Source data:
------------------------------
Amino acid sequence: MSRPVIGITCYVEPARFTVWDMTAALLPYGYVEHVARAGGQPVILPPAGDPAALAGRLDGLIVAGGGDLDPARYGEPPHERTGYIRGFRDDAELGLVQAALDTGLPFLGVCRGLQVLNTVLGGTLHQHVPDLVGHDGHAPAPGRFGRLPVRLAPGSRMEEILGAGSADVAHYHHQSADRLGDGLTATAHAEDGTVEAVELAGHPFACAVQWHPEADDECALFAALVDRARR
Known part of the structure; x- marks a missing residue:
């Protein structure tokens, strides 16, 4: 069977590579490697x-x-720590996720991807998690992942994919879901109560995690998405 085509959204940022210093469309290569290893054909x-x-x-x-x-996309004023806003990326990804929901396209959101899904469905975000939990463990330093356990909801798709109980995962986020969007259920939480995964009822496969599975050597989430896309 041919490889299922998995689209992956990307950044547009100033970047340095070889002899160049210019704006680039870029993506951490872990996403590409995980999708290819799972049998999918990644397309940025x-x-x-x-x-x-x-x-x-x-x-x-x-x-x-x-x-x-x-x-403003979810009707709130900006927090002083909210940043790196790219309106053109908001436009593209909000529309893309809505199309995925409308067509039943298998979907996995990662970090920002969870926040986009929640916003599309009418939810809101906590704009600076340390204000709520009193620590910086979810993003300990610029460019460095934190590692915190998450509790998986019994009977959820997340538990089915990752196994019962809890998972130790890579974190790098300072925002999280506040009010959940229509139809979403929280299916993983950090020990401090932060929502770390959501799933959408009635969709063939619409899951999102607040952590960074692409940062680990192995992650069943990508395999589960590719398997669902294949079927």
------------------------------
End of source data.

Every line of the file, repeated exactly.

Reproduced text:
Amino acid sequence: MSRPVIGITCYVEPARFTVWDMTAALLPYGYVEHVARAGGQPVILPPAGDPAALAGRLDGLIVAGGGDLDPARYGEPPHERTGYIRGFRDDAELGLVQAALDTGLPFLGVCRGLQVLNTVLGGTLHQHVPDLVGHDGHAPAPGRFGRLPVRLAPGSRMEEILGAGSADVAHYHHQSADRLGDGLTATAHAEDGTVEAVELAGHPFACAVQWHPEADDECALFAALVDRARR
Known part of the structure; x- marks a missing residue:
């Protein structure tokens, strides 16, 4: 069977590579490697x-x-720590996720991807998690992942994919879901109560995690998405 085509959204940022210093469309290569290893054909x-x-x-x-x-996309004023806003990326990804929901396209959101899904469905975000939990463990330093356990909801798709109980995962986020969007259920939480995964009822496969599975050597989430896309 041919490889299922998995689209992956990307950044547009100033970047340095070889002899160049210019704006680039870029993506951490872990996403590409995980999708290819799972049998999918990644397309940025x-x-x-x-x-x-x-x-x-x-x-x-x-x-x-x-x-x-x-x-403003979810009707709130900006927090002083909210940043790196790219309106053109908001436009593209909000529309893309809505199309995925409308067509039943298998979907996995990662970090920002969870926040986009929640916003599309009418939810809101906590704009600076340390204000709520009193620590910086979810993003300990610029460019460095934190590692915190998450509790998986019994009977959820997340538990089915990752196994019962809890998972130790890579974190790098300072925002999280506040009010959940229509139809979403929280299916993983950090020990401090932060929502770390959501799933959408009635969709063939619409899951999102607040952590960074692409940062680990192995992650069943990508395999589960590719398997669902294949079927």